On Saturday’s brisk autumn evening, people meandered into Spencer’s Coffee — some to hunker down and do homework, others to get a much-needed caffeine fix and many to settle in for a night of storytelling.
The shop’s art-covered brick walls, warm lighting and faint aroma of coffee made for a cozy venue. A sizable crowd gathered in the space reserved for the event, the air buzzing with excited energy as guests waited to hear former study abroad students share stories of their experiences.
“There is nothing that connects people like sharing stories,” said Hilarie Spangler, a New York City senior and study abroad student representative who served as the event’s host.
The Office of Study Abroad and Global Learning sponsored the event, called StorySlam: Serendipity. The event, organized and hosted by the Office of Study Abroad and Global Learning storytelling committee, was intended to encourage former study abroad students to share stories of their experiences abroad.
Caryn Lindsay, director of Study Abroad and Global Learning, applauds a student speaker at the Story Slam.
Cincinnati junior Cassidy Townsend shares the story of her time in South Korea via live stream at the first Story Slam, sponsored by SAGL, held at Spencer’s Coffee on Saturday, Nov. 3. The event kicked off International Education Week.
Lexington senior Chelsea Faught visits with other attendees during an intermission between speakers. Faught was one of the first speakers to present at the event. “Storytelling is human nature at its finest,” Faught said. “It’s my favorite way to connect with people.”
Many students had signed up in advance to speak and share their experiences, but the event morphed into a sort of open mic night as audience members, both current and former WKU students, were inspired to tell stories of their own. The speakers all stuck close to the event’s theme of “Serendipity,” sharing tales of happy accidents and pleasant surprises from their trips abroad — some of which included transportation mishaps, getting lost or sick and strange interactions with locals.
Emilie Gill, a WKU alum from Allensville, told a story that included all three. Gill wove a tale of her time in Ireland that involved losing her voice from pneumonia, getting separated from her tour group and missing a boat she needed to take. Though the circumstances sounded bleak, Gill emphasized how she turned her negative situation into a positive experience.
“This series of unfortunate events led to one of the most fulfilling moments of my life,” Gill said when introducing her story, which ultimately concluded with her snapping a photo of one of the world’s rarest birds and meeting a woman she now considers her pen pal and close friend.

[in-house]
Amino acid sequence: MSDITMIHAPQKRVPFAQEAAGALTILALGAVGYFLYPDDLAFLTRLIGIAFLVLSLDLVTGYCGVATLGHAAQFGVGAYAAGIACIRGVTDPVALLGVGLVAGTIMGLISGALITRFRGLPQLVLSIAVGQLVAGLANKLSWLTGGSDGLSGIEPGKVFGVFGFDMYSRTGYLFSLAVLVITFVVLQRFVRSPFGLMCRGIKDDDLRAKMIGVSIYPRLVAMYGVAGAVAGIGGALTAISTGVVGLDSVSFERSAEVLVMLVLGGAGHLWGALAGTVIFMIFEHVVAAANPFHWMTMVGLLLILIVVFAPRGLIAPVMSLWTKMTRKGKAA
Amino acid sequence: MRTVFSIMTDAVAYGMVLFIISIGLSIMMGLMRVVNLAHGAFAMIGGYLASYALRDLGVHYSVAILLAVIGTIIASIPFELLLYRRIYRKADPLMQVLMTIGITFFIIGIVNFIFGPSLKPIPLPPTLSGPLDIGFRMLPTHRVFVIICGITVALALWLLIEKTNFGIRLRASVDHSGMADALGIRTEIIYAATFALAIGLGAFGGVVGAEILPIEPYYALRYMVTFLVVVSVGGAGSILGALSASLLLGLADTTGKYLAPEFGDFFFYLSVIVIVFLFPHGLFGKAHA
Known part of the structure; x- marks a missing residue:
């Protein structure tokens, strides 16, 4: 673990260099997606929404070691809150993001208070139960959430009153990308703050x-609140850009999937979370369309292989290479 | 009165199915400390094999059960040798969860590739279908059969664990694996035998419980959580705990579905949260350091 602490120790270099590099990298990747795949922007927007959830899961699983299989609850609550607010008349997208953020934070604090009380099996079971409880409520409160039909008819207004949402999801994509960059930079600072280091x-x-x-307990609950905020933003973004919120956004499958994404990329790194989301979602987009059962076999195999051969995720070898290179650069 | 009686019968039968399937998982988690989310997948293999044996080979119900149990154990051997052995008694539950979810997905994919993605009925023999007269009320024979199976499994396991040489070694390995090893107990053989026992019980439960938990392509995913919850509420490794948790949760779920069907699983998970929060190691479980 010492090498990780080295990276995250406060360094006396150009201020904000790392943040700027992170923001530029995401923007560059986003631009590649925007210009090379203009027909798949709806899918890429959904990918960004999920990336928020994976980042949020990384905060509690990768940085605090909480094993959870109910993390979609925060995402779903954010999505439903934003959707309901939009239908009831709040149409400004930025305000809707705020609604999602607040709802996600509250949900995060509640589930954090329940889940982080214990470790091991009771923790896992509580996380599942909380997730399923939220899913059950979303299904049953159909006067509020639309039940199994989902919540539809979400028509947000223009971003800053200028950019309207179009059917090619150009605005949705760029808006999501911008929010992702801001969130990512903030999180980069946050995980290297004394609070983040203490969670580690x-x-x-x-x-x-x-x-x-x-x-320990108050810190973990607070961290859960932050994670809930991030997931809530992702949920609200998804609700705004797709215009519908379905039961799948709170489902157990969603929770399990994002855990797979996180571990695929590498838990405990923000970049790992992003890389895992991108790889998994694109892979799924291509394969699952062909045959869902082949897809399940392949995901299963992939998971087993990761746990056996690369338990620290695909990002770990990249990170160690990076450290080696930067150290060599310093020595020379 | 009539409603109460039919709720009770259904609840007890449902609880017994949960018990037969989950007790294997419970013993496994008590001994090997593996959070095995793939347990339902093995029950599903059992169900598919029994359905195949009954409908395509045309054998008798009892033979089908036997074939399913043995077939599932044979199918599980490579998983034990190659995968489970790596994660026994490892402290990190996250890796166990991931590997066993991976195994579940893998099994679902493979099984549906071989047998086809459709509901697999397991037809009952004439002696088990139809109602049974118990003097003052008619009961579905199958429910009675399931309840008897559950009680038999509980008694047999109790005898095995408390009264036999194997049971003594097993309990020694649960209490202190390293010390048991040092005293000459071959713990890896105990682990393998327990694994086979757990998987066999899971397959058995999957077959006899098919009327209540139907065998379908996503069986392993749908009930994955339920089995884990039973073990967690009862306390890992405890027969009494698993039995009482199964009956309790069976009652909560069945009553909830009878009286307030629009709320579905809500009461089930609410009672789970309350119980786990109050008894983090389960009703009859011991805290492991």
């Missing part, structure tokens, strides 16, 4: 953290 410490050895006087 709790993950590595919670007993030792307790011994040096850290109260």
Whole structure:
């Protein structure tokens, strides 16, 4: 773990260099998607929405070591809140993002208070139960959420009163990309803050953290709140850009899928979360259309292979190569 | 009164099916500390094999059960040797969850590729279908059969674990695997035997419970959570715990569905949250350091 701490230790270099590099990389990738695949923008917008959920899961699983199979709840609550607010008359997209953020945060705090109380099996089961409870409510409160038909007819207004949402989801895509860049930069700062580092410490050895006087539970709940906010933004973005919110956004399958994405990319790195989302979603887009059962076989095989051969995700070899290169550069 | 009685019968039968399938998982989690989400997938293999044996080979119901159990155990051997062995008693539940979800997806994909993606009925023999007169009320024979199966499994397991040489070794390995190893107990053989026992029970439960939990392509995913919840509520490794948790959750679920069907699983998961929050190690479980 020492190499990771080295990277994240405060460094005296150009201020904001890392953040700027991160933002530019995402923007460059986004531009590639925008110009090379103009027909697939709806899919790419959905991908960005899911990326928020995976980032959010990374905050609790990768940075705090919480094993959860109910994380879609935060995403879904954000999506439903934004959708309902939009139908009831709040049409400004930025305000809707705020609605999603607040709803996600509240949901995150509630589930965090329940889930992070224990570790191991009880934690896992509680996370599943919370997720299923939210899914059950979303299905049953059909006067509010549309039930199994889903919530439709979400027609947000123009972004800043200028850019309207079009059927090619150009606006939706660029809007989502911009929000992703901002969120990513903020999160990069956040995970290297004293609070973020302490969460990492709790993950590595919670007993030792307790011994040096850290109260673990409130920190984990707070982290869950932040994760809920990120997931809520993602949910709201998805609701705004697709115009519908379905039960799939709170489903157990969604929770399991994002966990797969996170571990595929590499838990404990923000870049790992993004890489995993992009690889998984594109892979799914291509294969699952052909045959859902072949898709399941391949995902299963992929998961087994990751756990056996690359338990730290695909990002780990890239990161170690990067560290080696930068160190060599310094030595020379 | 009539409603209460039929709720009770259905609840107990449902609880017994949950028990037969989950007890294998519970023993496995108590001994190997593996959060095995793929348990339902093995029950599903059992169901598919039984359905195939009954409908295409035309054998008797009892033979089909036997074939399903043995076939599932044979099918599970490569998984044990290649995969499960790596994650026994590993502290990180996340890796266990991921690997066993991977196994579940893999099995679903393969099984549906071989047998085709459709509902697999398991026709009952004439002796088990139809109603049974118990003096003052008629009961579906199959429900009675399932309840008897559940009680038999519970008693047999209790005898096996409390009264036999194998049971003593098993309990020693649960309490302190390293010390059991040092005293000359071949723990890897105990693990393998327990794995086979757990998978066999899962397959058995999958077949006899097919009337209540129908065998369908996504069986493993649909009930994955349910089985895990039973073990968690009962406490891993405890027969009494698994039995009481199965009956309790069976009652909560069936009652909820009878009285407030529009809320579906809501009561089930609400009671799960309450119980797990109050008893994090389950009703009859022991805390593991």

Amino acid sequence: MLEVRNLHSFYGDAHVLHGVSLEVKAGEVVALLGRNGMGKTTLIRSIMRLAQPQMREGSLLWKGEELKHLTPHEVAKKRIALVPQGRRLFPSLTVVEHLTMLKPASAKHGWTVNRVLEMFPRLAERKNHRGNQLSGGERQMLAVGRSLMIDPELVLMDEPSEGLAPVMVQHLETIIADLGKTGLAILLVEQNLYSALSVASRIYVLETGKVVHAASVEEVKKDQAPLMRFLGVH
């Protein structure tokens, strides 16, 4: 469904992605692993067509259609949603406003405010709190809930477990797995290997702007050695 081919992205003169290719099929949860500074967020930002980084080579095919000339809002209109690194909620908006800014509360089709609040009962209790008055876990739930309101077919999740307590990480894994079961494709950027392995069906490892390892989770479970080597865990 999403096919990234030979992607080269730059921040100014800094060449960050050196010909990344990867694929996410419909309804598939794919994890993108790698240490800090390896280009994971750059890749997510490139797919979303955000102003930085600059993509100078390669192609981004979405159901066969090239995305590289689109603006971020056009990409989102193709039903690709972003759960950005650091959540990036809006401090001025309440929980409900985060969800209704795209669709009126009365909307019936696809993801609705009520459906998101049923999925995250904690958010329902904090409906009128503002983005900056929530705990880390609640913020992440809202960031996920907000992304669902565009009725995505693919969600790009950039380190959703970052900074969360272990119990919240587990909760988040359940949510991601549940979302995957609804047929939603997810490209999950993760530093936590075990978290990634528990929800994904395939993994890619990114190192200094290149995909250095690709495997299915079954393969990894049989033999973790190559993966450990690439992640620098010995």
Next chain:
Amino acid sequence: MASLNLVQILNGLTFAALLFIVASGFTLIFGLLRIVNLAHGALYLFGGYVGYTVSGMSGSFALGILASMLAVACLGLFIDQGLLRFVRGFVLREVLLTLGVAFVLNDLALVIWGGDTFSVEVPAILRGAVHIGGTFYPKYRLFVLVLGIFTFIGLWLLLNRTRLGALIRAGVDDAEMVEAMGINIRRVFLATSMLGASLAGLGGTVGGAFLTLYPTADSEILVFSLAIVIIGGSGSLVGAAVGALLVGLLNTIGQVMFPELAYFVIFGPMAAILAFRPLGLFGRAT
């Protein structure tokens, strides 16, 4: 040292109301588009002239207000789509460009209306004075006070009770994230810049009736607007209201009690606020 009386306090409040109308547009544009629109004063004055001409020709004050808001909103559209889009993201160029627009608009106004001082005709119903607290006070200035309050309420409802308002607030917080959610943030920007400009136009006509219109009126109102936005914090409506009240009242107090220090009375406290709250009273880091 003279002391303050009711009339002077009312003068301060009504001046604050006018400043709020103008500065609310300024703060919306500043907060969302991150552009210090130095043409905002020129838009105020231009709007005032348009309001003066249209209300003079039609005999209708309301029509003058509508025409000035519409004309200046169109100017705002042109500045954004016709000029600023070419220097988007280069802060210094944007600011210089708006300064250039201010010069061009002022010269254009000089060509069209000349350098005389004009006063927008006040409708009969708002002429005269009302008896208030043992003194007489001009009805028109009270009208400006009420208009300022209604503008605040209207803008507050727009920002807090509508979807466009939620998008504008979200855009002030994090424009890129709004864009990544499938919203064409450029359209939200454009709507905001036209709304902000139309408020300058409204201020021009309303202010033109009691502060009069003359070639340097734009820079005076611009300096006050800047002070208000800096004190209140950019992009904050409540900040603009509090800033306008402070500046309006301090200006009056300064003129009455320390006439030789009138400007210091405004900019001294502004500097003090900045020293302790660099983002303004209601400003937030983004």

The audience voted hers the “best story” in the contest at the end of the night.
Bryson Keltner, a WKU graduate from Edmonton who now works as an office associate for the Office of Study Abroad and Global Learning, told a story of one of his favorite experiences from Semester at Sea. He was sightseeing in France, enjoying the French architecture and trying to explore old cathedrals, when he and his friend accidentally crashed a funeral. He said at the moment, the experience resulted in quite a bit of embarrassment and a lot of laughter, but over time it has helped him come to an enlightening realization.
“Weird things are going to happen,” Keltner said when concluding his story. “But it’s how you react to those serendipitous moments that determines what kind of traveler you are.”
Madison Martin, a WKU graduate from St. Joseph, Michigan, said students interested in studying abroad need to expect the unexpected.
“For as many things you can plan for your study abroad trip, there are still things you can’t prepare for,” Martin said. “Once you get there, you need to be open because that’s when you learn the most about other people and yourself.”
Krista Erickson, a staff adviser for the Office of Study Abroad and Global Learning, said the office plans to sponsor more events like StorySlam in the future, perhaps one each semester. Erickson also said future events would probably not be limited to students with study abroad experience; the goal of the storytelling committee is to encourage everyone to tell their stories.
“Events like this are a great way to get more WKU stories out to the community,” Erickson said.